World No. 1 Novak Djokovic, Vasek Pospisil push for formation of new men's tennis group

Among the areas the PTPA would look into, according to the email: ATP and tournament rules and regulations, revenue sharing, disciplinary actions, pensions, travel, on-site food and amenities, insurance and medical care.

The Associated Press August 29, 2020 08:50:22 IST
World No. 1 Novak Djokovic, Vasek Pospisil push for formation of new men's tennis group

New York: No. 1-ranked Novak Djokovic and former top-30 member Vasek Pospisil would be the co-presidents of a new group they are trying to set up to represent men's professional tennis players.

A letter emailed to players - and obtained by The Associated Press on Friday - pushes the formation of a Professional Tennis Players Association, abbreviated PTPA.

Sent around shortly before Monday's start of the US Open, the letter says its objective is "to solicit support from players to form an association with a mandate to promote, protect and represent the interests of its players ... and protect the future of tennis."

Tennis players never have had a union the way North American team sports do. Each player is considered an independent contractor.

World No 1 Novak Djokovic Vasek Pospisil push for formation of new mens tennis group

Novak Djokovic is the president of ATP Player Council and has moved to form a union. AFP

"Unlike many other professional sports, men's professional tennis has never had a representative body that is represented for players by players," the email said.

The men's tennis tour is organised by the ATP; the women's tennis tour is run by the WTA. Djokovic is the president of the ATP Player Council and Pospisil has been a member for two years, but he tweeted Friday night that he was resigning.

"It has become clear that, as a player council member within the current structure of the ATP, it is very difficult, if not impossible, to have any significant impact on any major decisions made by our tour," Pospisil wrote.

There was talk earlier this year, prompted largely by tweets from 20-time Grand Slam champion Roger Federer, about the possibility of merging the men's and women's tours.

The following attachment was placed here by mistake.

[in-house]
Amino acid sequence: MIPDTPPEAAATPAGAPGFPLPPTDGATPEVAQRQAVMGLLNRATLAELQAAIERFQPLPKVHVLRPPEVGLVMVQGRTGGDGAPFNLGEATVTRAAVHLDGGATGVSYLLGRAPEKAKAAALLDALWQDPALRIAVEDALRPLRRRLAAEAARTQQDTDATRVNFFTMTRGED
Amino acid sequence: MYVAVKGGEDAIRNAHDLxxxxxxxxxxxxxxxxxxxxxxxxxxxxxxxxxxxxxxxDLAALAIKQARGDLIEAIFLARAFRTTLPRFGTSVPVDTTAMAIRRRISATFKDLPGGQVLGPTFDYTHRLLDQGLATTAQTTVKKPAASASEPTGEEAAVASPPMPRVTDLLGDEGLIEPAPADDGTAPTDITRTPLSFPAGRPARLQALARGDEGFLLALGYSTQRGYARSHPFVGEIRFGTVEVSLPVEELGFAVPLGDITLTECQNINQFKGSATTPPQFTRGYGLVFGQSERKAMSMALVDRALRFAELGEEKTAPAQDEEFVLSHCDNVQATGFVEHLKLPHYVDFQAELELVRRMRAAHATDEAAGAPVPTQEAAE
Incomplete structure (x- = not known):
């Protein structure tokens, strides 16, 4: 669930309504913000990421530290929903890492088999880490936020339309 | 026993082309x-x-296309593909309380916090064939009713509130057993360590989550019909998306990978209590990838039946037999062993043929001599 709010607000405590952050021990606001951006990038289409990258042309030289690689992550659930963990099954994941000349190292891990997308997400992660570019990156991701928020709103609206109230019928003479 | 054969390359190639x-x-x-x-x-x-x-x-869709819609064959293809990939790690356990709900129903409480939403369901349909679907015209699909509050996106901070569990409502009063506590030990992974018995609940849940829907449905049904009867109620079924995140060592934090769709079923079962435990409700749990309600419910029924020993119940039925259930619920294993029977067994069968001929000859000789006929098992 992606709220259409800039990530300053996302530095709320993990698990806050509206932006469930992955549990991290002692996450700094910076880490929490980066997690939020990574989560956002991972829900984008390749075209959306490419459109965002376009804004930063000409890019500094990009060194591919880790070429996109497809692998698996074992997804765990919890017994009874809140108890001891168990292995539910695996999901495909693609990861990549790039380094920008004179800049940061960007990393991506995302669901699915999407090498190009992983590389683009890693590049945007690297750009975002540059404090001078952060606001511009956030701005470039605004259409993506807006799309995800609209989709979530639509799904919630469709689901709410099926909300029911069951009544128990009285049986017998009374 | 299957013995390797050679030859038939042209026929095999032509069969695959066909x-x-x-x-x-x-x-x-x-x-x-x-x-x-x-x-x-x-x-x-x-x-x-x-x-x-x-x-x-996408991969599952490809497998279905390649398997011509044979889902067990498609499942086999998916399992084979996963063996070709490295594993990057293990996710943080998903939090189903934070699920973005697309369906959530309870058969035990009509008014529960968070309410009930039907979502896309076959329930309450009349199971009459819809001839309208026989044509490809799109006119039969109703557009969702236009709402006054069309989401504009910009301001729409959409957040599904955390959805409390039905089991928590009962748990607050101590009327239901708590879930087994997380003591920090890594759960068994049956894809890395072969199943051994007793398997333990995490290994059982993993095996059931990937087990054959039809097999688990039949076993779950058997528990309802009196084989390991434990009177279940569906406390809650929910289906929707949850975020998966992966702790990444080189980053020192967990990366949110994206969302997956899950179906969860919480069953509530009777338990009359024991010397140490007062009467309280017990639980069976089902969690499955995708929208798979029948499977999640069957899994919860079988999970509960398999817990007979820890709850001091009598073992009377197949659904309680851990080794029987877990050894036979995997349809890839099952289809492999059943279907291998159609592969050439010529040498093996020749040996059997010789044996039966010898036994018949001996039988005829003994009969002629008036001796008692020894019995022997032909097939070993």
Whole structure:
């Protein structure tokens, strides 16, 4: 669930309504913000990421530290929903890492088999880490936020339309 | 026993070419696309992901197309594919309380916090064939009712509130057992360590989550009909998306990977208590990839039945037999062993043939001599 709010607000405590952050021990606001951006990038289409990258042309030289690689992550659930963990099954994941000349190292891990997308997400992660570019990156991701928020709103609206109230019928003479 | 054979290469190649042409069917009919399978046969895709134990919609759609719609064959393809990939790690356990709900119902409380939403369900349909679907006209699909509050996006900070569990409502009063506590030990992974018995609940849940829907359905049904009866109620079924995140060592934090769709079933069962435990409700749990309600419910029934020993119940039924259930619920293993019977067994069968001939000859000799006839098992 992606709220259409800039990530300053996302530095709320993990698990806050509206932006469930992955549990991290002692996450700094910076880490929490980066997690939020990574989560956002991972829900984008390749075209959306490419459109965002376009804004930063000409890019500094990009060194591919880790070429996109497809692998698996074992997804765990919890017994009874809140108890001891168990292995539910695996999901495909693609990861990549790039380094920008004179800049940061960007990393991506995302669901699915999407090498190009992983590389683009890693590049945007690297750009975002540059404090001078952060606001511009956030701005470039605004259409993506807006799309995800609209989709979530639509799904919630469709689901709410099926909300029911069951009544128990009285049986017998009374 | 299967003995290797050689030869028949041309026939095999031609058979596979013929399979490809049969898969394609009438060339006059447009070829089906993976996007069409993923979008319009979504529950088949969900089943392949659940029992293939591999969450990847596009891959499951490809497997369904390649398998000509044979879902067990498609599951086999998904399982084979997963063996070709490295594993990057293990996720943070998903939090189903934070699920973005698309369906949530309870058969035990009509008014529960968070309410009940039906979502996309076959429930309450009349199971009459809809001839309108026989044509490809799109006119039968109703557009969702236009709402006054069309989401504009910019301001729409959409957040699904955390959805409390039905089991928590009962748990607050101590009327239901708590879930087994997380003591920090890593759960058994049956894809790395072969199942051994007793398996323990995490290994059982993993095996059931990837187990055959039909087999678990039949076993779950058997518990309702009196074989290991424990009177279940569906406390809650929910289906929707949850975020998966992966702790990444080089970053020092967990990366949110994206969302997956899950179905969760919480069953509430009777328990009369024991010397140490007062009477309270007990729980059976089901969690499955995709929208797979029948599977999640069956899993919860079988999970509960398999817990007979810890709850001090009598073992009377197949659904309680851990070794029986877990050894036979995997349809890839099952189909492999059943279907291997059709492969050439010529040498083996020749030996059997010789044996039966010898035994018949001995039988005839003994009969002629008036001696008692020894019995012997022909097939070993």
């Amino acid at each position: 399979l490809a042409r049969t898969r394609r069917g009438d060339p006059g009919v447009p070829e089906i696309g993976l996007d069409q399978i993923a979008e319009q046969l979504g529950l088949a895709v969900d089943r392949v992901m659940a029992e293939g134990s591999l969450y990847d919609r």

This proposal would set up something just for men ranked in the top 500 in singles and top 200 in doubles.

"The goal of the PTPA is not to replace the ATP but to provide players with a self-governance structure that is independent from the ATP and is directly responsive to player-members' needs and concerns," the email said.

The letter said the PTPA would be governed by board of trustees with up to nine members, elected annually.

The trustees would appoint two co-presidents with two-year terms - and that first leadership duo would be Djokovic, a 33-year-old from Serbia who owns 17 Grand Slam singles trophies, and Pospisil, a 30-year-old from Canada who won the 2014 Wimbledon doubles title and is currently No. 92 in singles.

Among the areas the PTPA would look into, according to the email: ATP and tournament rules and regulations, revenue sharing, disciplinary actions, pensions, travel, on-site food and amenities, insurance and medical care.

There would be a dues structure with players paying an amount based on their ranking - from a high in singles of $1,500 for those from 1-50 down to $75 for those in spots 401-500, and a high in doubles of $1,000 for those 1-30.

The total fees listed in the letter would bring in $317,500 each year.

The email asks players to sign a letter backing the PTPA, and says "if a significant number of players support this initiative we will move forward" with writing bylaws and proposing a board of trustees.

At least one player is on the record as saying he'll sign on: 2016 Wimbledon runner-up Milos Raonic.

"Players have had plenty of time to think and reflect and take a look at certain parts which they may not be happy with and discuss," Raonic said Friday after reaching the Western & Southern Open final.

"A lot of us were kept in the dark by our leadership for six months. We were disappointed with many things. I voiced my opinion on many things, such as ... executives in other sports taking pay cuts to support us. As tennis players, we weren't making a dime for months and months. ... Lower guys weren't making a dime," Raonic said.

"But our executives were staying home and didn't feel it necessary to take any pay cuts. I pushed for that on every single phone call we had."

Updated Date:

also read

French Open 2021: Novak Djokovic expects Lorenzo Musetti 'to play tennis of his life' in clash
Sports

French Open 2021: Novak Djokovic expects Lorenzo Musetti 'to play tennis of his life' in clash

Musetti is ranked a career-high 76th following semi-final runs at both Acapulco and Lyon this year, but playing the top seed at a Grand Slam is a big step up for the former junior number one.

French Open 2021: Novak Djokovic 'ready to go deep' after straight sets second-round win over Pablo Cuevas
Sports

French Open 2021: Novak Djokovic 'ready to go deep' after straight sets second-round win over Pablo Cuevas

The 34-year-old, who is looking to become the first man in more than 50 years to win all four majors multiple times, won 6-3, 6-2, 6-4 on Court Suzanne Lenglen.

French Open 2021: Chapter 58 for Djokovic, Nadal; Tsitsipas, Zverev fight for spot in final
Sports

French Open 2021: Chapter 58 for Djokovic, Nadal; Tsitsipas, Zverev fight for spot in final

Nadal vs Djokovic is tennis's greatest modern rivalry between two men who have harvested 38 Grand Slam titles and 72 Masters between them.